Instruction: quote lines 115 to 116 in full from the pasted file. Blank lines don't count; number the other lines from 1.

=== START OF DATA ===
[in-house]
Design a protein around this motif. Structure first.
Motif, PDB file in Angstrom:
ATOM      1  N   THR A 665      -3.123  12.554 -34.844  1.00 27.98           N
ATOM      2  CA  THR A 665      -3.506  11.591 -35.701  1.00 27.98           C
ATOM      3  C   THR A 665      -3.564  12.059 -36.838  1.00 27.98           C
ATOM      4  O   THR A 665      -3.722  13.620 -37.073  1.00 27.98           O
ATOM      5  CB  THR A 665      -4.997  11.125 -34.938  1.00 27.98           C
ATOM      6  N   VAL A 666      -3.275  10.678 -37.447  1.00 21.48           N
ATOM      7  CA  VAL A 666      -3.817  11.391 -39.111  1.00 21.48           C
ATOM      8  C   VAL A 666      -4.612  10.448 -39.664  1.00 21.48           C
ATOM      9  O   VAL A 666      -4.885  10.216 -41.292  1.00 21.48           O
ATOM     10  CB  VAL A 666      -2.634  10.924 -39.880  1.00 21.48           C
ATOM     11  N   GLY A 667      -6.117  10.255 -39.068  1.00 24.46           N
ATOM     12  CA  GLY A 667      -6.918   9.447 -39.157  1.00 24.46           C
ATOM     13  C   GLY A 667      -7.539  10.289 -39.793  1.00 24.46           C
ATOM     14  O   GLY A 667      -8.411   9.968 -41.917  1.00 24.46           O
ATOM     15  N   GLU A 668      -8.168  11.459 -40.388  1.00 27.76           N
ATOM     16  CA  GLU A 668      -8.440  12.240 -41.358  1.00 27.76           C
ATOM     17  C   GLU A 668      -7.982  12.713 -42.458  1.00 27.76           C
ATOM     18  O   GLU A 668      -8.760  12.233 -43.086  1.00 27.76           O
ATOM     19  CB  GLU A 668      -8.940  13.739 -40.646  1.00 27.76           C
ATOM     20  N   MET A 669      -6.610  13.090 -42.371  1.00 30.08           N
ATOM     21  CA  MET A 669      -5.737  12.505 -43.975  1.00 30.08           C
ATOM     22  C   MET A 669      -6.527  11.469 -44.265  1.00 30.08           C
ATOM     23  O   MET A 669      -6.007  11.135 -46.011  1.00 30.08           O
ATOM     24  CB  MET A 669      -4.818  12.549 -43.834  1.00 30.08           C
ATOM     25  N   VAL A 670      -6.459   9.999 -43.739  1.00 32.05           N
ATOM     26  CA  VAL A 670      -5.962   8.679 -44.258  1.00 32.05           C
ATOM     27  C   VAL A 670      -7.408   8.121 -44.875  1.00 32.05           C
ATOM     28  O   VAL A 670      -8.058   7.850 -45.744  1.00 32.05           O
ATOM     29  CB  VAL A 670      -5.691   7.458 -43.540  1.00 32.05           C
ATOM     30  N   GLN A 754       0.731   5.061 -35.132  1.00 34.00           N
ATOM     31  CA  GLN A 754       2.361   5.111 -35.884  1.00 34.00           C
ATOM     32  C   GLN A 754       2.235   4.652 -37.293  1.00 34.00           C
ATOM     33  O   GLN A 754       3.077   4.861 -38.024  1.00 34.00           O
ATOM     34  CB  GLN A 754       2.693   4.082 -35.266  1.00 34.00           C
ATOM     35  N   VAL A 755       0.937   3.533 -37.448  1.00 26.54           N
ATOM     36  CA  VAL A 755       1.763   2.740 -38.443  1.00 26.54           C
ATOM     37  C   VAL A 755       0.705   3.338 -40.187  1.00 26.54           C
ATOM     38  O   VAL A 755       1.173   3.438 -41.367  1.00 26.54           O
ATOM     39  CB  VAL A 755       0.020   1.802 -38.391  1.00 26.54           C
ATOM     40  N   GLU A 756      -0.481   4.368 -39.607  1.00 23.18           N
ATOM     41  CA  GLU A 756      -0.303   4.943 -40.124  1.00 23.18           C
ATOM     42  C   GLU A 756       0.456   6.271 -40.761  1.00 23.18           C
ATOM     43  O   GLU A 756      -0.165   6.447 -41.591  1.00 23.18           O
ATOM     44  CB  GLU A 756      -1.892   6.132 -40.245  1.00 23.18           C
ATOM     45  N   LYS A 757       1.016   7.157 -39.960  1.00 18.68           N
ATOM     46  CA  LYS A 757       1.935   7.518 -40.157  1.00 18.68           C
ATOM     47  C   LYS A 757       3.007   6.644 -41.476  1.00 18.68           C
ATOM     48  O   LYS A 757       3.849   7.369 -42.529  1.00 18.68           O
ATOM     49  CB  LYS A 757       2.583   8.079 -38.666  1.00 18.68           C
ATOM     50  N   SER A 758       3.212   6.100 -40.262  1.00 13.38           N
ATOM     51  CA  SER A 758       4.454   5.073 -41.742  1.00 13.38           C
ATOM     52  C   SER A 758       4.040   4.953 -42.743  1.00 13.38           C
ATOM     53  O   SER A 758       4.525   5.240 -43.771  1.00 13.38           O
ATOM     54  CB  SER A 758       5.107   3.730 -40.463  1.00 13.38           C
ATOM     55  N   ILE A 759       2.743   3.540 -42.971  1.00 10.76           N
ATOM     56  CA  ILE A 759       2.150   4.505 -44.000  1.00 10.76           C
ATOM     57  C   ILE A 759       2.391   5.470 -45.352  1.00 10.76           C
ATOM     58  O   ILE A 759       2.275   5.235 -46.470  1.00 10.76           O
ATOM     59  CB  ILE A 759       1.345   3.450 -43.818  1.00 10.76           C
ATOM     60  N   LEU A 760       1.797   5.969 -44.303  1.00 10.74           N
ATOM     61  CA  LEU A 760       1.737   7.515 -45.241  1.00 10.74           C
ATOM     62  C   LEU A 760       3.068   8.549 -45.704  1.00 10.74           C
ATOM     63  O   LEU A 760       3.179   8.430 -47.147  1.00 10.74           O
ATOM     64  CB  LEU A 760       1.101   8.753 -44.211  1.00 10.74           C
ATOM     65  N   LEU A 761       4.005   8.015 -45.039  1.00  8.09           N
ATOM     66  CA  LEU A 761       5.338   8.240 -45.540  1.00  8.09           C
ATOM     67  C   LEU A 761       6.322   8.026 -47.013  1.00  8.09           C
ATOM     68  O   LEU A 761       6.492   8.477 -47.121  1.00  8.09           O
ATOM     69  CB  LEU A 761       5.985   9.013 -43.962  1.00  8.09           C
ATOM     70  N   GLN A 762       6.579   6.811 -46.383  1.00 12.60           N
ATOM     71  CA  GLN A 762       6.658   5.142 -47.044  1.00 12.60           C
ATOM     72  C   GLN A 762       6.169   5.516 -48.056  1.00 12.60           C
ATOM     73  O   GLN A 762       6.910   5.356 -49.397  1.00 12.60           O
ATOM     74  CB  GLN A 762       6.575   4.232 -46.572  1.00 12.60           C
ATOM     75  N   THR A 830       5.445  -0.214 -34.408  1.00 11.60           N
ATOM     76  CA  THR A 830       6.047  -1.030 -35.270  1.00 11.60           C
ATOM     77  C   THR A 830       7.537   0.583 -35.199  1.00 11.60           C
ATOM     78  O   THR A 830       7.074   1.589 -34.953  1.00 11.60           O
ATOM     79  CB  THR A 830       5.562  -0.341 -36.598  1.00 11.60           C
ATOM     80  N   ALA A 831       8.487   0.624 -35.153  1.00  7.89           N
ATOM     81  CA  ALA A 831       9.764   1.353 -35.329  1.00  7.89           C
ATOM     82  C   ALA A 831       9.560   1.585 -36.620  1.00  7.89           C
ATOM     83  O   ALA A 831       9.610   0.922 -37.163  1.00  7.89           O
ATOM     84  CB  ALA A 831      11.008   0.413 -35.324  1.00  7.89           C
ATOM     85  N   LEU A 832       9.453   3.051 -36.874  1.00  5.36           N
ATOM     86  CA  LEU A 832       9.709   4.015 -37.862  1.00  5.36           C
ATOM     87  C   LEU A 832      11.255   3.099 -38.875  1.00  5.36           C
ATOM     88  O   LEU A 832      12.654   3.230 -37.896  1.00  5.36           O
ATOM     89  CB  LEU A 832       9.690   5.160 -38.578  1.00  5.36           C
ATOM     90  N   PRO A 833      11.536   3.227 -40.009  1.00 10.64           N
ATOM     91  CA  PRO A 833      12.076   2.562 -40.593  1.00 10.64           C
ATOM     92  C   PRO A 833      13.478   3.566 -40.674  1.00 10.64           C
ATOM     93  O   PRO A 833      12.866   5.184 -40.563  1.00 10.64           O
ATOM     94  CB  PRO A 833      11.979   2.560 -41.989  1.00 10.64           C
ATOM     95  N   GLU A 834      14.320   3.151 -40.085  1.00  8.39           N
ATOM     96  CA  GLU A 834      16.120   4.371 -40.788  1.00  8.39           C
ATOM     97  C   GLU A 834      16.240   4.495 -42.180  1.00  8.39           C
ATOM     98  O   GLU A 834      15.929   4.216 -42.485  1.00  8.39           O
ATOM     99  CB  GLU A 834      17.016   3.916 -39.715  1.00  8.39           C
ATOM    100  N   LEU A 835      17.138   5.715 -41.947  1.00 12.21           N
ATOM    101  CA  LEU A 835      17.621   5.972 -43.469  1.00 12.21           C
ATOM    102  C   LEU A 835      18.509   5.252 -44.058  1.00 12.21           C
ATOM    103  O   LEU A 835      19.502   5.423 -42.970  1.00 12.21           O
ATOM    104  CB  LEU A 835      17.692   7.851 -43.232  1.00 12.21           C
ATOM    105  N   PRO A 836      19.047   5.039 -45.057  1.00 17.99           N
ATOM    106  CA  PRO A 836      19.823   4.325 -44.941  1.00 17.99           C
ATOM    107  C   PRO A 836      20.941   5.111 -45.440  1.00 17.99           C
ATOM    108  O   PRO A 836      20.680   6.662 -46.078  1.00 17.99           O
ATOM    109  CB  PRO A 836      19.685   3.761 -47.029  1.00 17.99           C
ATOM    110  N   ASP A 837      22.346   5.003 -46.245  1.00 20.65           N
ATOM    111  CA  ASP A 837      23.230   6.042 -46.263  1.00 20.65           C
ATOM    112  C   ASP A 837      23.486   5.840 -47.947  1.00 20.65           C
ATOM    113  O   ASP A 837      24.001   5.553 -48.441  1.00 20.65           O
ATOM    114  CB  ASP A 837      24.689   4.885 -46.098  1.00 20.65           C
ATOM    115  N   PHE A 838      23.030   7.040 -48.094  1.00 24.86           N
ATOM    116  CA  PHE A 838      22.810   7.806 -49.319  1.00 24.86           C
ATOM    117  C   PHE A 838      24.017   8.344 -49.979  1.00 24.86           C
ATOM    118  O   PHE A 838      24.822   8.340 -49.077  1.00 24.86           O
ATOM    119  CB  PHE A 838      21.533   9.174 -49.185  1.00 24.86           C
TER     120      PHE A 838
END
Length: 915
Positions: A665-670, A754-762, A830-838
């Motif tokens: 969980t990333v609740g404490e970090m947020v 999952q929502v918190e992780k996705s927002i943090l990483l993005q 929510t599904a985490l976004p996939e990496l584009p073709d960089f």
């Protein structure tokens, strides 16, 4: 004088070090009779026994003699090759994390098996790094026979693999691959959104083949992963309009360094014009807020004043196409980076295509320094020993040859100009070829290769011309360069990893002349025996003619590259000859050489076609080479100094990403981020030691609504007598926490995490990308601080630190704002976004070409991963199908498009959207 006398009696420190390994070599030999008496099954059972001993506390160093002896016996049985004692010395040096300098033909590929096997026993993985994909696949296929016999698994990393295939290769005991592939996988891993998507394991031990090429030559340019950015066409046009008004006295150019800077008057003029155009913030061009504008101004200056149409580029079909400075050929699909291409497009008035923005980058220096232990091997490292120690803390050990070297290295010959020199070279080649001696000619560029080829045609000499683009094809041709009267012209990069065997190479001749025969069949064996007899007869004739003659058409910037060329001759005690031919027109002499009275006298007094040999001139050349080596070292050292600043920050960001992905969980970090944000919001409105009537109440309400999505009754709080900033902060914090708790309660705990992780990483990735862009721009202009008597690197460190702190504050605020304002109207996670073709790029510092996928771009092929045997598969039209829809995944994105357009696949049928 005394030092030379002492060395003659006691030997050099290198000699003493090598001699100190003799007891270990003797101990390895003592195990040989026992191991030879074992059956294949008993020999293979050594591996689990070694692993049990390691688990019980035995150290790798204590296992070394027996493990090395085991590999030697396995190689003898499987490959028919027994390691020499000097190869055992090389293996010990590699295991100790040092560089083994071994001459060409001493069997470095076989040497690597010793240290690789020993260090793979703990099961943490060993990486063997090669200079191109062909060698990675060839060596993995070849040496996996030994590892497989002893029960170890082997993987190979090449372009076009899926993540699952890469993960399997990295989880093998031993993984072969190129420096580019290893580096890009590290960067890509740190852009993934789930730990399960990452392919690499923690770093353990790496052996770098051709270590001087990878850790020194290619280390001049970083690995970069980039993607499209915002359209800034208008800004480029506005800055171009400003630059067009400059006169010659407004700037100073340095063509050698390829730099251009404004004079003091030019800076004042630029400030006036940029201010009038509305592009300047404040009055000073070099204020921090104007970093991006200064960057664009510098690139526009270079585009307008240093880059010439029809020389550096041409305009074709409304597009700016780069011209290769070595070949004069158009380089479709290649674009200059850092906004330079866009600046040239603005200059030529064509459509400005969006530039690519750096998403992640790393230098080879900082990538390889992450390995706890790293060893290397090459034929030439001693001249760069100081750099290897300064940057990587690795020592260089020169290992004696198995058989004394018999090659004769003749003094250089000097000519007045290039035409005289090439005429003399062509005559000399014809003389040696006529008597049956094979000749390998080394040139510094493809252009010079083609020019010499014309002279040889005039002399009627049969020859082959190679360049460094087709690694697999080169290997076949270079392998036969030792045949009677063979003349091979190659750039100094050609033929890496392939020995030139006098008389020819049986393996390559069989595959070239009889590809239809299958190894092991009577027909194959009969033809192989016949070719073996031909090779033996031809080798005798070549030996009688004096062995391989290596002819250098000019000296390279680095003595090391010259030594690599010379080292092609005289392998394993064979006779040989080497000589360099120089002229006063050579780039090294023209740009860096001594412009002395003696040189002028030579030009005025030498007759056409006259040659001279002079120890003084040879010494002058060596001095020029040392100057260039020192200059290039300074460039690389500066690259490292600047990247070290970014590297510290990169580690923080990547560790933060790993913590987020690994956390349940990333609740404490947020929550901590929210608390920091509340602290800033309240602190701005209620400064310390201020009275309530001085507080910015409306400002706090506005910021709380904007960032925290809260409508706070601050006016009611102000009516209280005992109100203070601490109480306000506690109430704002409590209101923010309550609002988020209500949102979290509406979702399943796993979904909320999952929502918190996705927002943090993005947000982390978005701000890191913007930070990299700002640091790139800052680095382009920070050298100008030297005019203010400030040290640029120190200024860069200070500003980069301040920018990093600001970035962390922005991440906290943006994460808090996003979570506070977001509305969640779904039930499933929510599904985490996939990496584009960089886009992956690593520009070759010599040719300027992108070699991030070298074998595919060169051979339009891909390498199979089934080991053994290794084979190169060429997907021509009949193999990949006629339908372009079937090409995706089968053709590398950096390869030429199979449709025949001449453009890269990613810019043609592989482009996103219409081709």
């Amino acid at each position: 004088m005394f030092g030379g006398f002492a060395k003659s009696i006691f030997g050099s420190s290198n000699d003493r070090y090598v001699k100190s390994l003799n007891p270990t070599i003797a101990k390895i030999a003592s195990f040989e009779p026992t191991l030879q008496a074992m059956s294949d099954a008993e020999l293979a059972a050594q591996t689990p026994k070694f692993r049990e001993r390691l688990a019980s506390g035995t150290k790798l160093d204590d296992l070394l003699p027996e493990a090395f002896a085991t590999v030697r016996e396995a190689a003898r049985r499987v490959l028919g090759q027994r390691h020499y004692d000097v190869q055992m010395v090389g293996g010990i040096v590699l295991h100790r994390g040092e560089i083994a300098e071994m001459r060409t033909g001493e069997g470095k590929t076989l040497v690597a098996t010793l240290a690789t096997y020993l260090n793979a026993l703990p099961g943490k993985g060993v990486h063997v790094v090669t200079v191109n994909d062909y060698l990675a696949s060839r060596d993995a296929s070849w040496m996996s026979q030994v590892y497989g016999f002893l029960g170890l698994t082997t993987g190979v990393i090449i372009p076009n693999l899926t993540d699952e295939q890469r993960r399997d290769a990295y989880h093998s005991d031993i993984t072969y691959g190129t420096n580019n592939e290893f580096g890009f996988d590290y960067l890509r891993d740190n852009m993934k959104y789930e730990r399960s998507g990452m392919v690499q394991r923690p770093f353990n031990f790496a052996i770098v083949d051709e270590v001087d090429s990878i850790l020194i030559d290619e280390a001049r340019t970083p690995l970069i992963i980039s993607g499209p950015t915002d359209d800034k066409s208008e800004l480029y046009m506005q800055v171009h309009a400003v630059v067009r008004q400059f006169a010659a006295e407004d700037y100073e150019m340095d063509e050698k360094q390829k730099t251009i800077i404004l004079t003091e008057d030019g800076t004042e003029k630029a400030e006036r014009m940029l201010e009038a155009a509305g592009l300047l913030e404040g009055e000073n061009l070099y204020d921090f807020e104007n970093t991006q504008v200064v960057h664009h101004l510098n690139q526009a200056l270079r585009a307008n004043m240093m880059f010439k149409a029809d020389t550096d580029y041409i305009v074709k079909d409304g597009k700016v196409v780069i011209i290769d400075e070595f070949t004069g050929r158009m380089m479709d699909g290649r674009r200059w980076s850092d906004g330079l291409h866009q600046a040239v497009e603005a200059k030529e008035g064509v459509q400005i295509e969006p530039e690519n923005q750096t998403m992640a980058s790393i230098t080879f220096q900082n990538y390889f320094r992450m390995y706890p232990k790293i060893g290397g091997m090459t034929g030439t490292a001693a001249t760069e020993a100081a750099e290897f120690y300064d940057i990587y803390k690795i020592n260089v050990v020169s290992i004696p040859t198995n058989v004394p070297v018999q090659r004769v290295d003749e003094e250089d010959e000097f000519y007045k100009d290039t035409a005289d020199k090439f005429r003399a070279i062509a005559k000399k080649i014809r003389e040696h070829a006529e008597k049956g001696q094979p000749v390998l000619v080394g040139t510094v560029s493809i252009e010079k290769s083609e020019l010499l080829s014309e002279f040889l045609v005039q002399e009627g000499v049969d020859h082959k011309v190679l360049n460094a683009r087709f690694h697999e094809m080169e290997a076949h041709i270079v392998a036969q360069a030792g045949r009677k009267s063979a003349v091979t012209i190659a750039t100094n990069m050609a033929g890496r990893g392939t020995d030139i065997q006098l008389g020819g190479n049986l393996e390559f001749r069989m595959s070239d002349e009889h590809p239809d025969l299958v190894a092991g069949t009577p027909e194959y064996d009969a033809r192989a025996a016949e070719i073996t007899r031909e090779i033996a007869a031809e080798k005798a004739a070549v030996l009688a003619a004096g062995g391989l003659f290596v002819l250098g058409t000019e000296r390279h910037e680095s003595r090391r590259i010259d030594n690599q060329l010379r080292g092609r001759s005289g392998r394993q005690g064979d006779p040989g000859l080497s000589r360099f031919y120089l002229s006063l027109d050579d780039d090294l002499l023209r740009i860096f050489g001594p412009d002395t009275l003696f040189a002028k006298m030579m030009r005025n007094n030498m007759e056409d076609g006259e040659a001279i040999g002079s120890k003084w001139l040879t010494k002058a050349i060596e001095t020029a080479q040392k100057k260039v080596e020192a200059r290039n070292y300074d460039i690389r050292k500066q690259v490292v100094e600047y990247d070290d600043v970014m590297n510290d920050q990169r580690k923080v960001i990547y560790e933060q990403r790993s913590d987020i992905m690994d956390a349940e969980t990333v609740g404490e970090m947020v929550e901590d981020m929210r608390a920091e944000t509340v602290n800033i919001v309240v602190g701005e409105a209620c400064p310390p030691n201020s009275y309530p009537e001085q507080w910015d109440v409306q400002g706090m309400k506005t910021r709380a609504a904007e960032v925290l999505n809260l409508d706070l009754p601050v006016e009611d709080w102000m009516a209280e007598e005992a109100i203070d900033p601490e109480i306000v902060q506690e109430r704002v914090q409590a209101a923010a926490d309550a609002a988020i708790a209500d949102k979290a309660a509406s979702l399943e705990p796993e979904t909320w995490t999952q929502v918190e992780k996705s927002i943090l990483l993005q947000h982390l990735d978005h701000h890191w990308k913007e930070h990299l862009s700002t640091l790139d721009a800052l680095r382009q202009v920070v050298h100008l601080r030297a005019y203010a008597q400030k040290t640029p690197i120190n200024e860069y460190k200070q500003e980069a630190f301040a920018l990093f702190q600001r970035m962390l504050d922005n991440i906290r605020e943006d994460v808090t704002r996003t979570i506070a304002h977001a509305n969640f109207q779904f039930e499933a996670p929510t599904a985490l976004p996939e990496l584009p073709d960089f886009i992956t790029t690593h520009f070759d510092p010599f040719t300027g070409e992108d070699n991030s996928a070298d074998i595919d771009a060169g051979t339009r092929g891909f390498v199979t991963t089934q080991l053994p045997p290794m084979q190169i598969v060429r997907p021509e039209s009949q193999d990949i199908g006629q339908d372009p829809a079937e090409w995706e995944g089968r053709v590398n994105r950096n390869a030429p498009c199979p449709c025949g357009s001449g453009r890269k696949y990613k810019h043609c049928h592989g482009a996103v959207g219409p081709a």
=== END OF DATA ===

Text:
ATOM    112  C   ASP A 837      23.486   5.840 -47.947  1.00 20.65           C
ATOM    113  O   ASP A 837      24.001   5.553 -48.441  1.00 20.65           O